Ultimately, this is a matter of secondary importance. We need not engage ourselves in such discussions. Debates ought to revolve around matters of principle. When a fundamental principle is established, the secondary issues that relate to it are settled themselves. It is necessary for one to believe, not for one to strive in reaching the deeper intricacies and details of beliefs. If an opponent raises objections, we can provide ample refutation. It is necessary to believe in the articles of faith, i.e. to believe in Allah the Exalted and in His attributes, to believe in His angels, divine scriptures, the Prophets, peace be upon them, etc. To accept these things is to adhere to fundamental principles; all other matters are secondary. As far as these fundamental issues are concerned, they are clearly established truths. The teaching of Islam is so coherent that it keeps every human faculty in balance, precisely at its appropriate place, and nurtures it; this is a magnificent miracle of our Prophet, peace and blessings of Allah be upon him. Other teachings are not the same; it is as if they lack certain sensory organs, as it were. As such, all other teachings are deficient or inadequate. Only the teaching of Islam is fully formed. The Unity of God, His attributes, prophethood, lofty morals, the perfection of the inner self, etc., and everything else that man requires have been expounded by Islam so perfectly and lucidly that no lengthy debates are needed in this respect. Other matters that relate to how the Messenger of Allah, peace and blessings of Allah be upon him, ate and what size his morsels were, are debates in which a believer has no need to engage. Salvation does not depend on these matters. Such matters which have been transmitted to us in the form of written narrations ought to be accepted if they are consistent with the true nature of prophethood and do not oppose it, otherwise, they should be interpreted in an appropriate manner. There is no need to engage in lengthy and useless debates on this, that and the other.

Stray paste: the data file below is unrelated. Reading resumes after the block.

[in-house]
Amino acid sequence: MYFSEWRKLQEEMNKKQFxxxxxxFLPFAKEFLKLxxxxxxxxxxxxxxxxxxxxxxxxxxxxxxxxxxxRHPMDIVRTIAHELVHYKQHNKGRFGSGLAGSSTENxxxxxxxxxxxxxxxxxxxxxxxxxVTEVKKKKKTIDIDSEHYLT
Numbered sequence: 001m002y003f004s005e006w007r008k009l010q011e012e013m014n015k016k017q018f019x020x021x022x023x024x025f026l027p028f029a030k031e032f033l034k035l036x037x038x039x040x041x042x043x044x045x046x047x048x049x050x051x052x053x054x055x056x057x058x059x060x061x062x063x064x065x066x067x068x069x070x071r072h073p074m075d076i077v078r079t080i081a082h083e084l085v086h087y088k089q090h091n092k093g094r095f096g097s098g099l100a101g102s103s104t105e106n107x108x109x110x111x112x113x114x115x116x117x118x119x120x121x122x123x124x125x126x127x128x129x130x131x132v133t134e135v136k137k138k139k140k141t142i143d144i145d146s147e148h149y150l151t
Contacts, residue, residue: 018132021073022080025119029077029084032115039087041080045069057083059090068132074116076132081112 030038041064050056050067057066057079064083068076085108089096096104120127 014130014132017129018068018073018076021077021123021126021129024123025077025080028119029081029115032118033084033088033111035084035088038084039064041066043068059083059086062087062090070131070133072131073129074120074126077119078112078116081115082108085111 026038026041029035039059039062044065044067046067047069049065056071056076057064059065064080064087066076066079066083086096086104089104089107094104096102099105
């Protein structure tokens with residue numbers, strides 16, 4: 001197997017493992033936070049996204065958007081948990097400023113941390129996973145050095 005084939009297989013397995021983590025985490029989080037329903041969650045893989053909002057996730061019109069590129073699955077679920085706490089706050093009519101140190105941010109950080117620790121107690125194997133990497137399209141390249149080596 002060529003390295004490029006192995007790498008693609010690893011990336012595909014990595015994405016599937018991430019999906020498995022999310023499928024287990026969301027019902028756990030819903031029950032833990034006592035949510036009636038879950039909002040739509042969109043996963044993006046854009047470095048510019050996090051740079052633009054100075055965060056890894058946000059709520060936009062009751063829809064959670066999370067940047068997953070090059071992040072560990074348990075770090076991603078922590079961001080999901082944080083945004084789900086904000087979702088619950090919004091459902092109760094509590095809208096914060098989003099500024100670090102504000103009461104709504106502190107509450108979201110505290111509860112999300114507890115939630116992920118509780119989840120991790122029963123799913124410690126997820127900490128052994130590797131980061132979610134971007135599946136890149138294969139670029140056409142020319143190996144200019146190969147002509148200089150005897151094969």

(Hazrat Mirza Ghulam Ahmadas, Malfuzat, Vol. 2, pp. 6-7)